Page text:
I am finding many things I was taught as a child (and young adult) were for my protection and safety. It may have not been wrong at the time but things have to be re-evaluated as we mature—like the two examples of dealing with strangers. Here’s another one, “Proud to be an American”. How can I take PRIDE in something that I had nothing to do with? Are we PROUD to be a human? I am thankful I have had the privileges of being an American when so many people have so much less, but this has been at God’s hands. I wasn’t the one who decided where I would be born. When we hear ourselves speak through the way other people understand what we say, sometimes it ends up being so arrogant it is shameful.

If I had stayed in America in my own (‘Only WAY to see things’) kind of world, I wouldn’t have even known where Gaza is—much less anything about the people there. If I had come to Israel for a visit and to see the ‘places Jesus walked’ I would have never known the PEOPLE there. If I had never crossed into Jordan and experienced a sense of being able to breathe again, I would have not understood the choking of religiousness in Jerusalem.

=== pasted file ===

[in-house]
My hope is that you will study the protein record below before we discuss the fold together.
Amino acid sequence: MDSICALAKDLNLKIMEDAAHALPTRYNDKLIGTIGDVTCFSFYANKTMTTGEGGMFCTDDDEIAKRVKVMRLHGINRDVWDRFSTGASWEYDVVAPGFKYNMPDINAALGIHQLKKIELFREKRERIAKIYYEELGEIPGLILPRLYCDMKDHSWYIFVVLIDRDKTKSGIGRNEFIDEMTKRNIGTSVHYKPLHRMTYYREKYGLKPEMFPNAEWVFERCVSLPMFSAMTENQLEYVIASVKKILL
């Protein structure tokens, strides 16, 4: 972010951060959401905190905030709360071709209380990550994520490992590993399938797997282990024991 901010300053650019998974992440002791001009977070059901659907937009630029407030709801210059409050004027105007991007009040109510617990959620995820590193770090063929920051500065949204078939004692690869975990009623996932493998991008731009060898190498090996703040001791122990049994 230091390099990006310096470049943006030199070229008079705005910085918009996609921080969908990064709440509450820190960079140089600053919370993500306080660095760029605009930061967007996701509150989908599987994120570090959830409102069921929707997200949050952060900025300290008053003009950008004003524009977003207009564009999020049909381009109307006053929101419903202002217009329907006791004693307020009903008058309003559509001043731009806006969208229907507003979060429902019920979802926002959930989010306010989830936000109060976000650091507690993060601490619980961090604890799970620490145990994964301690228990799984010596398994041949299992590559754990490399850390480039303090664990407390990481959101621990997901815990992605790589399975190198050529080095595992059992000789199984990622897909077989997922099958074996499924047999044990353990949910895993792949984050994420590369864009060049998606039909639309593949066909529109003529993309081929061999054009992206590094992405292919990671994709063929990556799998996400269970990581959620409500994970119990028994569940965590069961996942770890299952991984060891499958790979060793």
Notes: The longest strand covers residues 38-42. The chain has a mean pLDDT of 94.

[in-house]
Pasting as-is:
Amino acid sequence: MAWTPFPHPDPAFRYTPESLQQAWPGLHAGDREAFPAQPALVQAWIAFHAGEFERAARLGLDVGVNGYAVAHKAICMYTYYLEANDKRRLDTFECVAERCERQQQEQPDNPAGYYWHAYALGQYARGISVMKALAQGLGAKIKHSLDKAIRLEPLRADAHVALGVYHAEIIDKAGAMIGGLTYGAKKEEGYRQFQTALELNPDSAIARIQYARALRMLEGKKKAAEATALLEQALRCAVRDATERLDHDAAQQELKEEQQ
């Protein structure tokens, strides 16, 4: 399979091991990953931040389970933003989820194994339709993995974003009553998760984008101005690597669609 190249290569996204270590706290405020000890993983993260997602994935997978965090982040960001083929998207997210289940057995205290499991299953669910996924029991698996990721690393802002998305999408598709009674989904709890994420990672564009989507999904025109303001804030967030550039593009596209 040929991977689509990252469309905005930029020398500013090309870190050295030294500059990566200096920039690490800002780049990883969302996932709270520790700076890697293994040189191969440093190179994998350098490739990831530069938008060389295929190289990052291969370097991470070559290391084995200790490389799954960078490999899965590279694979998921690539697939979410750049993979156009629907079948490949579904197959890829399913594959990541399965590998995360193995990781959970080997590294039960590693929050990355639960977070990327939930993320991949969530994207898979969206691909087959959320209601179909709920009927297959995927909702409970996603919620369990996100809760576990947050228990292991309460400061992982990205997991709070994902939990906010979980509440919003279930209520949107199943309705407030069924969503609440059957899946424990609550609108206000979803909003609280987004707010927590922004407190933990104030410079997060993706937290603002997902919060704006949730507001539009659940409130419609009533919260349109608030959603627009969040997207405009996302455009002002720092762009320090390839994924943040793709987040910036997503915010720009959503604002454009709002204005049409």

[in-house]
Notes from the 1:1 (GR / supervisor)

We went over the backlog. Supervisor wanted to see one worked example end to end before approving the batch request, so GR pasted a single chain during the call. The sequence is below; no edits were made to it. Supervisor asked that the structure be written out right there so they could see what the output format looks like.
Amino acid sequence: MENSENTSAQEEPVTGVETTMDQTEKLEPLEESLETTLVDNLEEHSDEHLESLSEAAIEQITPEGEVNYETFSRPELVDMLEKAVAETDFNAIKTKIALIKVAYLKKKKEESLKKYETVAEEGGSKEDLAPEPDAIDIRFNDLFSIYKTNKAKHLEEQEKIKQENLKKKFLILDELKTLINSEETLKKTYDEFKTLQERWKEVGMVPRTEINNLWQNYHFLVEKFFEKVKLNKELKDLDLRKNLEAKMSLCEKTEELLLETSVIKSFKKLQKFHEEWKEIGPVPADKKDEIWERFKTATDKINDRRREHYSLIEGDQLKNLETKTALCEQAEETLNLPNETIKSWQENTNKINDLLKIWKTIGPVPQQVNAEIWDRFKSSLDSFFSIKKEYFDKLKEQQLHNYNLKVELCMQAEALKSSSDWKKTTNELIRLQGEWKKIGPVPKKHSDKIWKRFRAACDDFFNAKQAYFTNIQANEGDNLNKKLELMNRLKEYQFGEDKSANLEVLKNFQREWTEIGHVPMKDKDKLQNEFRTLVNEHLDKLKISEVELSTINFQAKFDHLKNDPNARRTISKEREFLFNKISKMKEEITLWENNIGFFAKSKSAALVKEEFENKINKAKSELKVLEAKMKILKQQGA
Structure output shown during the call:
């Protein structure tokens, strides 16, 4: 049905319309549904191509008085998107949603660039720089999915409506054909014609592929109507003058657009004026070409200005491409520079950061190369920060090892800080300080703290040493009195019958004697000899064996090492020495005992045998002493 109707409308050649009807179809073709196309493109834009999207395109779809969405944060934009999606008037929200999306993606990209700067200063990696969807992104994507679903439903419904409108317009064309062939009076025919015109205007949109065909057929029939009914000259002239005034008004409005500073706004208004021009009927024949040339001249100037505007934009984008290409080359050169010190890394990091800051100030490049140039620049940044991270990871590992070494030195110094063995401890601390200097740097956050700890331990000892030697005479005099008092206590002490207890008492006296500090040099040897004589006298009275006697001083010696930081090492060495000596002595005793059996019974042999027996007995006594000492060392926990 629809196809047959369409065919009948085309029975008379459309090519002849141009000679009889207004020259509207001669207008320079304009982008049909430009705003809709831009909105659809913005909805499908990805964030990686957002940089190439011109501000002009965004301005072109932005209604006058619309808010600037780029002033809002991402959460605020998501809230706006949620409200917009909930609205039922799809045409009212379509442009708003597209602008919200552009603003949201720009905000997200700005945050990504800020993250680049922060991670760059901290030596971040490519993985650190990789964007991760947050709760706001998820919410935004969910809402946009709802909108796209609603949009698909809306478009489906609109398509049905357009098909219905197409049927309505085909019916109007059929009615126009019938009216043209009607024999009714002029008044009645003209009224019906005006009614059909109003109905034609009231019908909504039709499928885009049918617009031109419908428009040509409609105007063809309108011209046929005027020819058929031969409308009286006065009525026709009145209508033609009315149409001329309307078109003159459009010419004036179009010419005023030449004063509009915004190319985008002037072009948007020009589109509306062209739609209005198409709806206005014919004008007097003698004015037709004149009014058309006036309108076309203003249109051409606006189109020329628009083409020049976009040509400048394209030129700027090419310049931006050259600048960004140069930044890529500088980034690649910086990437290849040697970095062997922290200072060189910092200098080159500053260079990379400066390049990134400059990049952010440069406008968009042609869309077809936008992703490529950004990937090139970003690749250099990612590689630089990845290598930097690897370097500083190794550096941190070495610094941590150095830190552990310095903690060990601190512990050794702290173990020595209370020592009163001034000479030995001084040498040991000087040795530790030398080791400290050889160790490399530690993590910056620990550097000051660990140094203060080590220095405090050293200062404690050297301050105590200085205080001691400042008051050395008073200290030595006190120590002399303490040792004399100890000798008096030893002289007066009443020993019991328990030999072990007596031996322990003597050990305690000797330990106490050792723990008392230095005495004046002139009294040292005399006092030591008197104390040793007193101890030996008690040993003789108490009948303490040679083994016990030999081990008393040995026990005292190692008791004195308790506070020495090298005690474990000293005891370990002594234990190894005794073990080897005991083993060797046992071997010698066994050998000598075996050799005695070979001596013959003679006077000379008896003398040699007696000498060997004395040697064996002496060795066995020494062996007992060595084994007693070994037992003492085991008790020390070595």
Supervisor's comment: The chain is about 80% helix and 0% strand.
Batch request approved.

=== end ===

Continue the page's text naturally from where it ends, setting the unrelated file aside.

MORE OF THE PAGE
It took so much more to get me investigating, thinking, researching and seeking Jesus. I have repented (changed my mind) about so many things on this journey that I can honestly say the woman from America who came to the Middle-East is dead. Forty plus years ago I was baptized (by immersion) “to bury the old man (woman) and rise and walk again in a newness of life”. Funny thing here, when trying to type newness, I typed newmess—it really was a new mess. I wasn’t a new person burying the old one, I was trying to DROWN the old one and I didn’t succeed. You can’t DROWN self-will, self-protection, self. . . . anything. You have to hand it over—one piece at a time—willingly (every time). Only as I let go of what I thought I knew, could I trust enough to hand it over. When a person thinks they know and they think they have found, they quit looking, thinking, researching and investigating.

May we never quit learning to see the world from other’s perspective. We can’t even pray effectively until we can identify with those we pray for and see them through the Love of God—(whose Name is Jesus). Sometimes life has to give us a lot of “fertilizer” before we really begin to grow. I am learning to accept ALL things (sweet and “fertilizer”) as something for my good from a God who loves me.

Categories: Heavenly Hash, Life in Gaza | Leave a comment